It takes an average of two hours to do a design if I’m really focused on it. With photography, maybe a little over two- I take more than a hundred photos before I’m satisfied with it. It’s press, smile, press, smile- and the slightest angle makes a huge difference. I tend to contour my jawline whenever I body paint and I like to turn and look sideways when I take a photo.
A lot of your designs are specifically dark and haunting; is that harder to do emotionally and technically?
Technically no, but emotionally… well I have been told my work tends to be on the darker side. I’m drawn to sad, morbid things. It’s not that I’m not a happy person; I think you can see I’m a happy person. [laughs]
When I was younger, I did photography as an emotional outlet. We all go through dark times and my coping method was self-mutilation. I eventually realized that I should express myself creatively instead of continuing that. I’m very open about it now.
Your photography is simple and aesthetically pleasing while your body painting is usually evocative of uncomfortable emotions. What causes this opposition in your two favourite forms of art?
I like to make my object-oriented photos more presentable; I have no idea why, I just like taking pretty photos. I’ve never put much thought into it. In body painting, it’s like I’m showing myself. Whatever I paint on, there’s a little bit of me. When I’m doing those pretty little photos, it’s just for show. I can be artistic or be one of those food photographers, but when it comes to my body painting, it’s personal.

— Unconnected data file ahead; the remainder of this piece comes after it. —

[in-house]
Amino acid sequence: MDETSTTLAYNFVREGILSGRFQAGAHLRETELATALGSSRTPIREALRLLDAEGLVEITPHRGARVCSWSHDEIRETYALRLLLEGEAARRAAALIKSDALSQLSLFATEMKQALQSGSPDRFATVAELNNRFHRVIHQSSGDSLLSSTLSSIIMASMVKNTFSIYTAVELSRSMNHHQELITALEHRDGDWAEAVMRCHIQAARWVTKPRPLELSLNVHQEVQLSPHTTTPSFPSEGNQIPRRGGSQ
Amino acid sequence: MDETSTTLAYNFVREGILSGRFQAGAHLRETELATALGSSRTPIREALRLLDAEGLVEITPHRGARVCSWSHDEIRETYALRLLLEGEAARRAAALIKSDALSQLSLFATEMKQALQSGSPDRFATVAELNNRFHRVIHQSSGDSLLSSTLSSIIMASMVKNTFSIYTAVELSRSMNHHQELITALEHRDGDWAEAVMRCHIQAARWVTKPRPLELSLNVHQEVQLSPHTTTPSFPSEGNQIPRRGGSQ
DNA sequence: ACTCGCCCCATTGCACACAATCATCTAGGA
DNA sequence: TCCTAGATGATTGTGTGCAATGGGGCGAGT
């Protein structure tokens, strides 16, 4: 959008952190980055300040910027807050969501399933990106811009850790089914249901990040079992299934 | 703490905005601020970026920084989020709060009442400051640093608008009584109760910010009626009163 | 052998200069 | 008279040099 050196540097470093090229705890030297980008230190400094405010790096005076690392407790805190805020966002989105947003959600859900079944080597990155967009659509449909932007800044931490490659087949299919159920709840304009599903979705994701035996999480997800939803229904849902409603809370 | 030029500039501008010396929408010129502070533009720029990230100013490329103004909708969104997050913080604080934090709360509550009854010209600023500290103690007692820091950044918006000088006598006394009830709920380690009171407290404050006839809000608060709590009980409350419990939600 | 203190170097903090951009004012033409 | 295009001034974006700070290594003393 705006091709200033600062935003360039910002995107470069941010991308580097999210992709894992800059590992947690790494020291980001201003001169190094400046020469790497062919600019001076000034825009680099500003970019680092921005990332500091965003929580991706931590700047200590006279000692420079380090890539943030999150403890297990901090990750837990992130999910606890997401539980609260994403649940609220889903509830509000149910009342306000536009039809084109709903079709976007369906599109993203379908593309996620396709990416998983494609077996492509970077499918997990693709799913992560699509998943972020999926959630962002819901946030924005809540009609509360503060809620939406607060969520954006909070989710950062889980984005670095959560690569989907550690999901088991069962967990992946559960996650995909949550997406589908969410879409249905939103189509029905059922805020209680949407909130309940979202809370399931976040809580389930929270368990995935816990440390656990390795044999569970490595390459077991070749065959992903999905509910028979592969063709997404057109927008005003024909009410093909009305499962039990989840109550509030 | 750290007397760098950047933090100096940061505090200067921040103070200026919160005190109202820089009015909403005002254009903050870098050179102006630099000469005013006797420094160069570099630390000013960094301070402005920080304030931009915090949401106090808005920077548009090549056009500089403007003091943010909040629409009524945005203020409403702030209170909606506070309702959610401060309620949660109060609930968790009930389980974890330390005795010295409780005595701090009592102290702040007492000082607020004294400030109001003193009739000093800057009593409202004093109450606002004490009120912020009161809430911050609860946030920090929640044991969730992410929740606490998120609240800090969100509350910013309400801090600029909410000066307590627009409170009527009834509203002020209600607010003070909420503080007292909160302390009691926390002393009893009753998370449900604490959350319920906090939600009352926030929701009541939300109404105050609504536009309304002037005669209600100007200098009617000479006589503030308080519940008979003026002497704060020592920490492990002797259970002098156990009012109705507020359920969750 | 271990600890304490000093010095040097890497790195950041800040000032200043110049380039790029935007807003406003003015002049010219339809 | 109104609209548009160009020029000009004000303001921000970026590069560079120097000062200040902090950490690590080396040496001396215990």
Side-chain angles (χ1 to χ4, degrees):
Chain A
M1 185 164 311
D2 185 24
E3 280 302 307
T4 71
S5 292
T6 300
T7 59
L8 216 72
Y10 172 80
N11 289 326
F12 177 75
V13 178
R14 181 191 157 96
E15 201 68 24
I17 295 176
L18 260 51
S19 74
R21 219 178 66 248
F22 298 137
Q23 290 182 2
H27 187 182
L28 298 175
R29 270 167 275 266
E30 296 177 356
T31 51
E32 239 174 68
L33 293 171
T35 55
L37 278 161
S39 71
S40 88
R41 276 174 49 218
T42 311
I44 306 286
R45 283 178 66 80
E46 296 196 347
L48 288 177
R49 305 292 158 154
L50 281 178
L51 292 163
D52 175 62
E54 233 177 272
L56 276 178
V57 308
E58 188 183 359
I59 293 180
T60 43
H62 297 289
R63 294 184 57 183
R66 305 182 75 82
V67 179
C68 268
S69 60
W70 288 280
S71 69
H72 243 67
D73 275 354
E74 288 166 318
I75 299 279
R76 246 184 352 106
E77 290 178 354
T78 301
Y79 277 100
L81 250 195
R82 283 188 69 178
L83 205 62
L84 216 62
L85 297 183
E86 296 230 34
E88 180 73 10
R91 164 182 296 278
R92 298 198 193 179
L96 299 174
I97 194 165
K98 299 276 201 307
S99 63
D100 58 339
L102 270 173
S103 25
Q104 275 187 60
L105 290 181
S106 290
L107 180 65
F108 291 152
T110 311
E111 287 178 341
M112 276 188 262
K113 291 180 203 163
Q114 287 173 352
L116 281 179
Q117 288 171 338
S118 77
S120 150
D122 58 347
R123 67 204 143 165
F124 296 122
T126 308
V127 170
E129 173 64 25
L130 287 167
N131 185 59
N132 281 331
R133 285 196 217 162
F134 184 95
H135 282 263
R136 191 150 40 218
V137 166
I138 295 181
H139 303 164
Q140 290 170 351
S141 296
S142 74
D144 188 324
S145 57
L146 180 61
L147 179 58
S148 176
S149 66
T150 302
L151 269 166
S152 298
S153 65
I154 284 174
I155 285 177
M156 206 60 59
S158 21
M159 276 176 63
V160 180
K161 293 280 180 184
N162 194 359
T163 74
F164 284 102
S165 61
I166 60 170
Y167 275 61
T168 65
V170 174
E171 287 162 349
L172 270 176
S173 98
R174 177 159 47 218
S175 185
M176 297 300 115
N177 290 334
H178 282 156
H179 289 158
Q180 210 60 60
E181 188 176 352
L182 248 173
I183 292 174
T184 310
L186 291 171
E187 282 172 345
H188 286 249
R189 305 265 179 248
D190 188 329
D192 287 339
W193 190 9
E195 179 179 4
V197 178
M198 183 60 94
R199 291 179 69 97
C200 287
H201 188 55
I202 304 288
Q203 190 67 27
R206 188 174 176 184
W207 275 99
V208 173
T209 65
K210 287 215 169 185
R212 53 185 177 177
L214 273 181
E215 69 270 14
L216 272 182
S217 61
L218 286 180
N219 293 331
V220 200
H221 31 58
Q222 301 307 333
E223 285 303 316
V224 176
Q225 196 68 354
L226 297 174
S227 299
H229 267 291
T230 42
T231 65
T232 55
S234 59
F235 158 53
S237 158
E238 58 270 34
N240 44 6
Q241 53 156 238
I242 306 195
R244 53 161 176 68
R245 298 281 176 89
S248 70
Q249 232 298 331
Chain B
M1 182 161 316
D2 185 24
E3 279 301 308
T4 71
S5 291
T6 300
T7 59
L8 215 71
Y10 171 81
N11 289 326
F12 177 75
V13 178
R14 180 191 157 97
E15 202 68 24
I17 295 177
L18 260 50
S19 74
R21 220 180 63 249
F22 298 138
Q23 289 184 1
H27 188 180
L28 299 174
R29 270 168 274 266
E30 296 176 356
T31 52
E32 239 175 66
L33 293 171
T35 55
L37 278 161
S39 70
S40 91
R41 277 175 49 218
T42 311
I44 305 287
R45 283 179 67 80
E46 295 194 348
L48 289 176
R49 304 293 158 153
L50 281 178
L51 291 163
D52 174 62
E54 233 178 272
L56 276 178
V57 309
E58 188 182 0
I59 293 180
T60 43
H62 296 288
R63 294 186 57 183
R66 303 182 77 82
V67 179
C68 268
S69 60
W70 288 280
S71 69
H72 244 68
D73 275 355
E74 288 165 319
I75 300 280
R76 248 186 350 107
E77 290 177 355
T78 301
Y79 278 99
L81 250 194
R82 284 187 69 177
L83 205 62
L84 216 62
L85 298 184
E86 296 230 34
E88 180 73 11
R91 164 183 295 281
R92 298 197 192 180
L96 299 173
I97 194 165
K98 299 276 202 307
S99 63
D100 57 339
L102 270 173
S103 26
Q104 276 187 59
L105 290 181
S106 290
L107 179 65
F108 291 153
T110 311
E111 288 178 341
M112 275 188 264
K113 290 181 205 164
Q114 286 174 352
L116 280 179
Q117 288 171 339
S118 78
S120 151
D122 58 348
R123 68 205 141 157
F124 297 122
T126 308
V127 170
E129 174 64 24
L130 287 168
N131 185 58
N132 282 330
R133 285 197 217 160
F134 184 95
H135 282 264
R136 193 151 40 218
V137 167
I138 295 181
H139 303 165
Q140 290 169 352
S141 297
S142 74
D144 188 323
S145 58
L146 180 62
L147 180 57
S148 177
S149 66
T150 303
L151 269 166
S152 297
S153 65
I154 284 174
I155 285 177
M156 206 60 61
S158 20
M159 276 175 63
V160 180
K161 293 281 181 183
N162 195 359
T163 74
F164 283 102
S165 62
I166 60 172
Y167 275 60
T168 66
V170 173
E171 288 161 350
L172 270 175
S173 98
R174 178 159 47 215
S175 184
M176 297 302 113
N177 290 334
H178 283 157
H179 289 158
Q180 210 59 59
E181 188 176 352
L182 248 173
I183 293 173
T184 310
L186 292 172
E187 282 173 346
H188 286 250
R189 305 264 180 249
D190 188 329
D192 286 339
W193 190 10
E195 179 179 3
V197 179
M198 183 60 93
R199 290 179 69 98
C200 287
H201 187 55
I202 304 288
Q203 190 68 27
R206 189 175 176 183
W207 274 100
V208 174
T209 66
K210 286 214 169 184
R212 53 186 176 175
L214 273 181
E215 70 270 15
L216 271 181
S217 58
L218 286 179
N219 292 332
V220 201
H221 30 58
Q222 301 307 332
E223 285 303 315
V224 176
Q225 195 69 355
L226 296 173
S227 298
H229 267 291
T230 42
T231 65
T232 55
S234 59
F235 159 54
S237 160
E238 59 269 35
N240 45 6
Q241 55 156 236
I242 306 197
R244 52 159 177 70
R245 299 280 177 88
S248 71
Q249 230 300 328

“I’m showing a bit of my soul.”
How do you get all that paint off afterwards?
Literally, a shower: just stand in the shower and it washes off. If I paint two or three times a day I’ll shower after each time. Usually I’ll just chill for a bit after a painting, and wipe off my hands and mouth so I can eat and drink. I’ll look in the mirror and be like, “sigh, time to wash this off after spending so much time on it”. I put a little more effort in photography because I want to make it last and make it impressive.
What is the general reaction you get from people when they find out about your talent in this specific skill?
I get a lot of “wow”s. I’d meet new friends and when they go through my Instagram they’d say, “wow, so you’re popular” and I’d be like “no, no I’m not”. [laughs] It’s very humbling, because I started this out as a hobby and I didn’t think I’d go as far as to get featured on several websites and The Sun. I didn’t think I’d get any recognition but I’m getting more jobs- which makes me happy and sad at the same time, because of the passion versus income thing.
There are times when I feel like I want to stop what I’m doing because I’m doing it for others. The amount of detail I put into my body painting, I want to make sure there’s no skin showing, good contouring and highlights- because I keep thinking that people are going to see it and comment on it. At the back of your mind, you think about it because you’re gonna post it on social media.
Do you face any criticism or gender-based stereotyping about what you do?
Not really, because in general there are more male makeup and body painting artists out there. If you’re quite active on the video community out there, there’s Jeffree Star, Miles Jai, PatrickStarrr- a lot of them are doing beauty makeup. A lot of people see body painting as art, not makeup- and I hate when it’s called makeup. I don’t smear it on to hide imperfections, it’s a creative expression and not the same thing.
I don’t get any criticism for that, mostly just “wow”. At least, for now- because I haven’t painted myself as anything stereotypically feminine yet. I did plan to paint myself up like a drag queen, for fun.
Is it easier to paint yourself or a model? Which do you prefer?
Definitely painting myself! It’s easier because I have the patience and I know how my face works. When I paint my eyes, I know this would work or that wouldn’t work. When I paint on someone else- I don’t usually analyze where I should go, I just go with it- but it needs to work with their face. When you’re painting others, you need to stand still or lie down for a very long time and it’s very annoying for me because I’m the one who has to move around. My back aches every single time I paint on someone else, and it’s uncomfortable.